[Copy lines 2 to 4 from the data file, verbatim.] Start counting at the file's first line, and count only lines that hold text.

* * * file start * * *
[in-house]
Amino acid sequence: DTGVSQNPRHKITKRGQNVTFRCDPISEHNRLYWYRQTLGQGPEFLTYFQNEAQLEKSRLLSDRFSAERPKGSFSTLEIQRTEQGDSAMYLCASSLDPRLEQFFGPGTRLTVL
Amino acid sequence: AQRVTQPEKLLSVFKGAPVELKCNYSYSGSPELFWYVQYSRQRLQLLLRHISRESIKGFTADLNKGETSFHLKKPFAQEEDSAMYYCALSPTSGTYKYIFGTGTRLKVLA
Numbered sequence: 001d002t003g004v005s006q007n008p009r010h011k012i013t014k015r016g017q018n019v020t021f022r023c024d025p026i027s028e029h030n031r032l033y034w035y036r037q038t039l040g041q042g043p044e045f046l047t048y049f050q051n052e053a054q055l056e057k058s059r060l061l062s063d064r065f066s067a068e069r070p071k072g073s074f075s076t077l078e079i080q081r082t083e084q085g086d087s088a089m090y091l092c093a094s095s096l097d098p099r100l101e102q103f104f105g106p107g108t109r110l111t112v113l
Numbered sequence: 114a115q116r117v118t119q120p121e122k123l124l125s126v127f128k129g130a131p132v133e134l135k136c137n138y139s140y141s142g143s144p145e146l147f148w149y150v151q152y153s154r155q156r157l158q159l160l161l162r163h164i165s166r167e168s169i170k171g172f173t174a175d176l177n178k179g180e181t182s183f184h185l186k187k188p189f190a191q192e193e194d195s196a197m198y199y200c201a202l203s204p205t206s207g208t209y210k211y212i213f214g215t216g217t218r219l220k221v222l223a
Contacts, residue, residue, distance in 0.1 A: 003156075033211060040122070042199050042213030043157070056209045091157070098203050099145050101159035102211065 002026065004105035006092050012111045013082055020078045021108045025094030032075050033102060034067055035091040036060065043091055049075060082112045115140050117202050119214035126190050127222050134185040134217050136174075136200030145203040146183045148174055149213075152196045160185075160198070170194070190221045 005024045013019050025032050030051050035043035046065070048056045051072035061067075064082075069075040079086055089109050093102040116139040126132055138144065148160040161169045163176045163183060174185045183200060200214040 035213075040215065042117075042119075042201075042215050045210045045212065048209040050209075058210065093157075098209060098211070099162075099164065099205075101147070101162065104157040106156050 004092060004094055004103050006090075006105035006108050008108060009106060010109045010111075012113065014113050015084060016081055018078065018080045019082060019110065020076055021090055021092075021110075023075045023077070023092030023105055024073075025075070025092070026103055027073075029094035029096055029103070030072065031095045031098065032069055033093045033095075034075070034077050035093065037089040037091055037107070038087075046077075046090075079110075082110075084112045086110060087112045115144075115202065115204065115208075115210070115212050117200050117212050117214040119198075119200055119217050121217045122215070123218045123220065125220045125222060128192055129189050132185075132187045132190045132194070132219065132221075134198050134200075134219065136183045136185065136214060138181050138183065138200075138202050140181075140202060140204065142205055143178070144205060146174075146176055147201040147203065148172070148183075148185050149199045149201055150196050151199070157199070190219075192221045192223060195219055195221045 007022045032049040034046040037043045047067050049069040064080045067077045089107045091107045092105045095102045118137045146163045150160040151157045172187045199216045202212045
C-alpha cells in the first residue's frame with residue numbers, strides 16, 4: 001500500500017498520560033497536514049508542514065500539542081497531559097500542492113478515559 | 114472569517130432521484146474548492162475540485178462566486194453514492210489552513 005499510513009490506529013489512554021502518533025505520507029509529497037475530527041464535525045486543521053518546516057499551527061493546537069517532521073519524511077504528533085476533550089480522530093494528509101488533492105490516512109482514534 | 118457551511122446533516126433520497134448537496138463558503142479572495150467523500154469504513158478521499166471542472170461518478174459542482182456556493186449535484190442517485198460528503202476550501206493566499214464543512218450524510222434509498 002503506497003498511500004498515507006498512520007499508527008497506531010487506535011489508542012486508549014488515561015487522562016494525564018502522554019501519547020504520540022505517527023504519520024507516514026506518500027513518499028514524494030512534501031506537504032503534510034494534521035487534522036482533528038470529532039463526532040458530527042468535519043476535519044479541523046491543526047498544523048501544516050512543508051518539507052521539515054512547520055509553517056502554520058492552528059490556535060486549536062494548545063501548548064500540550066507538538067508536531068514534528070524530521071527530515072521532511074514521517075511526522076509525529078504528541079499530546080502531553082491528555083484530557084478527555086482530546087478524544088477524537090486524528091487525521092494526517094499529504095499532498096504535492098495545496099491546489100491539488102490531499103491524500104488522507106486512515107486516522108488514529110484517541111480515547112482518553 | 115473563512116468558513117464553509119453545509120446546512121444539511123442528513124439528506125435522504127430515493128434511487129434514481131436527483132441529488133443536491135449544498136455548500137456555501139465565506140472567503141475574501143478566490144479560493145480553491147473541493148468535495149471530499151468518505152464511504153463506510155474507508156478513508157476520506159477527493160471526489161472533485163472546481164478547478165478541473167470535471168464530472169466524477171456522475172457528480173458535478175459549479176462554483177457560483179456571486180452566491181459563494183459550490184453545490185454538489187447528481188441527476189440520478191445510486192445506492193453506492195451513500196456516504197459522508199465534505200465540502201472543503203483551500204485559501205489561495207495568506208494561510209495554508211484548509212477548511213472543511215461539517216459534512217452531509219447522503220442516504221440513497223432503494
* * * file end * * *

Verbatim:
Amino acid sequence: DTGVSQNPRHKITKRGQNVTFRCDPISEHNRLYWYRQTLGQGPEFLTYFQNEAQLEKSRLLSDRFSAERPKGSFSTLEIQRTEQGDSAMYLCASSLDPRLEQFFGPGTRLTVL
Amino acid sequence: AQRVTQPEKLLSVFKGAPVELKCNYSYSGSPELFWYVQYSRQRLQLLLRHISRESIKGFTADLNKGETSFHLKKPFAQEEDSAMYYCALSPTSGTYKYIFGTGTRLKVLA
Numbered sequence: 001d002t003g004v005s006q007n008p009r010h011k012i013t014k015r016g017q018n019v020t021f022r023c024d025p026i027s028e029h030n031r032l033y034w035y036r037q038t039l040g041q042g043p044e045f046l047t048y049f050q051n052e053a054q055l056e057k058s059r060l061l062s063d064r065f066s067a068e069r070p071k072g073s074f075s076t077l078e079i080q081r082t083e084q085g086d087s088a089m090y091l092c093a094s095s096l097d098p099r100l101e102q103f104f105g106p107g108t109r110l111t112v113l